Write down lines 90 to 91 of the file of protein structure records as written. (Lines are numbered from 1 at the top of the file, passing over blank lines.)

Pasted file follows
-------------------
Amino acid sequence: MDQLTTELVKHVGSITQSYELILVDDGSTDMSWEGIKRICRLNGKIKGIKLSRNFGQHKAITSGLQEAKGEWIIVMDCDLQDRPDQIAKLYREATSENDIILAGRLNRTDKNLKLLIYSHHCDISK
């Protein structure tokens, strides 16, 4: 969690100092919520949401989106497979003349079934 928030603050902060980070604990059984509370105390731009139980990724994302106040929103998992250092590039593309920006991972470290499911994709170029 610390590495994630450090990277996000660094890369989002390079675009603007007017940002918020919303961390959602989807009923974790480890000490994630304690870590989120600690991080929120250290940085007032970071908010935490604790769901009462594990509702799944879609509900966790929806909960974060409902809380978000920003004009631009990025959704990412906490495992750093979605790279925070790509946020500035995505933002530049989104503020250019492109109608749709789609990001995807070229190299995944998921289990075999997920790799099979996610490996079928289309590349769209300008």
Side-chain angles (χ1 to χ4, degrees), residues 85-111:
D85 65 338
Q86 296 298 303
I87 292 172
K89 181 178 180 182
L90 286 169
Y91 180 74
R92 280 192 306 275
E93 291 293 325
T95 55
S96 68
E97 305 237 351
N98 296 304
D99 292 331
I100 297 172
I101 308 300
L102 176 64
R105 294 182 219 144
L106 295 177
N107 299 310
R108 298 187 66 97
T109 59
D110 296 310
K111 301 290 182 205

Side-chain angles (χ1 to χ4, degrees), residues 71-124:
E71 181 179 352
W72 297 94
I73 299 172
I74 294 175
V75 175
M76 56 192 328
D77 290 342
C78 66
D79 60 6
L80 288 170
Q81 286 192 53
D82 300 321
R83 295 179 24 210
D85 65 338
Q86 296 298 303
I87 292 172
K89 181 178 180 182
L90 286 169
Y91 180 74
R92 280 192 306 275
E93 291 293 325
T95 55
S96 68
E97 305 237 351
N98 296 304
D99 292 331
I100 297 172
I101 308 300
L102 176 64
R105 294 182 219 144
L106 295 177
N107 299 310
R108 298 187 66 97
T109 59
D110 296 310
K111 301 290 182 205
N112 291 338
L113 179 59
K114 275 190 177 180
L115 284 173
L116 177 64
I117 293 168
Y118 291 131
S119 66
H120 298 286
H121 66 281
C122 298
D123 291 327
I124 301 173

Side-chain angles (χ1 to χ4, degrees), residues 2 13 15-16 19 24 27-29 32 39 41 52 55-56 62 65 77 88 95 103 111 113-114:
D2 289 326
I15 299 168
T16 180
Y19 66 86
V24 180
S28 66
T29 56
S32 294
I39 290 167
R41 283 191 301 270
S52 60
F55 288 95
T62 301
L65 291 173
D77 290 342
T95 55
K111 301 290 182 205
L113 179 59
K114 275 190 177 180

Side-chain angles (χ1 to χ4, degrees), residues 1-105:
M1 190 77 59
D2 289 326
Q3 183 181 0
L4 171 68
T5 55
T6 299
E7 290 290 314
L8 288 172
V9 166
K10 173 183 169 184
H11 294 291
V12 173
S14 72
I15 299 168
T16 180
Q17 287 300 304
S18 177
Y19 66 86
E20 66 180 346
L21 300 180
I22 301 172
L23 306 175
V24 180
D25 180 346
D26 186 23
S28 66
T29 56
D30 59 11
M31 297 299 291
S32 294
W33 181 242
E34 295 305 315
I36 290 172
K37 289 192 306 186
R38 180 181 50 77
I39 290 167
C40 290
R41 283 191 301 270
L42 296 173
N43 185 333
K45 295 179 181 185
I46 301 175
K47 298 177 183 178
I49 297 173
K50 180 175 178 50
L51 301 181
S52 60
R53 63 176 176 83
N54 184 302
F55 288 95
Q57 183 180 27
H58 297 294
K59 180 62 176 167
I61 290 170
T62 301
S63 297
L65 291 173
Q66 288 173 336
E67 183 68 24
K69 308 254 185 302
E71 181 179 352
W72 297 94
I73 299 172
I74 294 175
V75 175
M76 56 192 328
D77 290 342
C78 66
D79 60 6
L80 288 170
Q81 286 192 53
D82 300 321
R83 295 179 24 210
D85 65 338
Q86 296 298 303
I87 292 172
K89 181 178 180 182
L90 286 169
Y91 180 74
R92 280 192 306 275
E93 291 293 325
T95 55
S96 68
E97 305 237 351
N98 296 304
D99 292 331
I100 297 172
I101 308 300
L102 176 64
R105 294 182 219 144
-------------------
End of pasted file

T62 301
L65 291 173